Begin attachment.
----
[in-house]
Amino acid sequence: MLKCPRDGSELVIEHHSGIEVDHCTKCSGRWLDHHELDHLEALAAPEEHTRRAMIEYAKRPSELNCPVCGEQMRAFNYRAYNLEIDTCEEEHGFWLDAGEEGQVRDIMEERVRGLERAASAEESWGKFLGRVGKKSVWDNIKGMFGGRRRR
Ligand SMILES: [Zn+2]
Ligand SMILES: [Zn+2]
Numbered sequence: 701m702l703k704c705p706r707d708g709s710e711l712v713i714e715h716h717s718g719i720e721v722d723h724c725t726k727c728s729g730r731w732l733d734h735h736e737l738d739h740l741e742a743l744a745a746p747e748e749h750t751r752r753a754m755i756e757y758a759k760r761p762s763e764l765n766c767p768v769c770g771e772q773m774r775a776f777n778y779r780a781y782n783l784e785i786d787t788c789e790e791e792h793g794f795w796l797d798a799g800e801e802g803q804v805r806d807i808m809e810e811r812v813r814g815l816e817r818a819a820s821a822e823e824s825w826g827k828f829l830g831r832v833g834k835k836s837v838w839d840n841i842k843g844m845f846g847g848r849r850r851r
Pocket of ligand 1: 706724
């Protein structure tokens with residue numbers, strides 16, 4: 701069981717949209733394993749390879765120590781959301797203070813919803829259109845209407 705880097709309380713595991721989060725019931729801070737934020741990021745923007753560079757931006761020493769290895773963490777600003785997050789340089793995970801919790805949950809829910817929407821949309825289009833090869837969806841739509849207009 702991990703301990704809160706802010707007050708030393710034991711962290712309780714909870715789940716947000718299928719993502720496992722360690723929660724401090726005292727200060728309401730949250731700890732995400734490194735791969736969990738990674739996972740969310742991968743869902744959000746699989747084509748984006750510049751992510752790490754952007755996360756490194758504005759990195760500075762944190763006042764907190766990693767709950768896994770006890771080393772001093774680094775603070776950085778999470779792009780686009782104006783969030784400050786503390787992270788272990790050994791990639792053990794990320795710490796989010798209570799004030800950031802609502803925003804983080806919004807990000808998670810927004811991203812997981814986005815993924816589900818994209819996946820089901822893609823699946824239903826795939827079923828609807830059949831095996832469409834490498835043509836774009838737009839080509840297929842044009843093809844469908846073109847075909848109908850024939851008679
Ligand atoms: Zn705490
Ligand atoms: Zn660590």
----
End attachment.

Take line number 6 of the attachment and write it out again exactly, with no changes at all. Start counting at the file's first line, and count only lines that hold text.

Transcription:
Pocket of ligand 1: 706724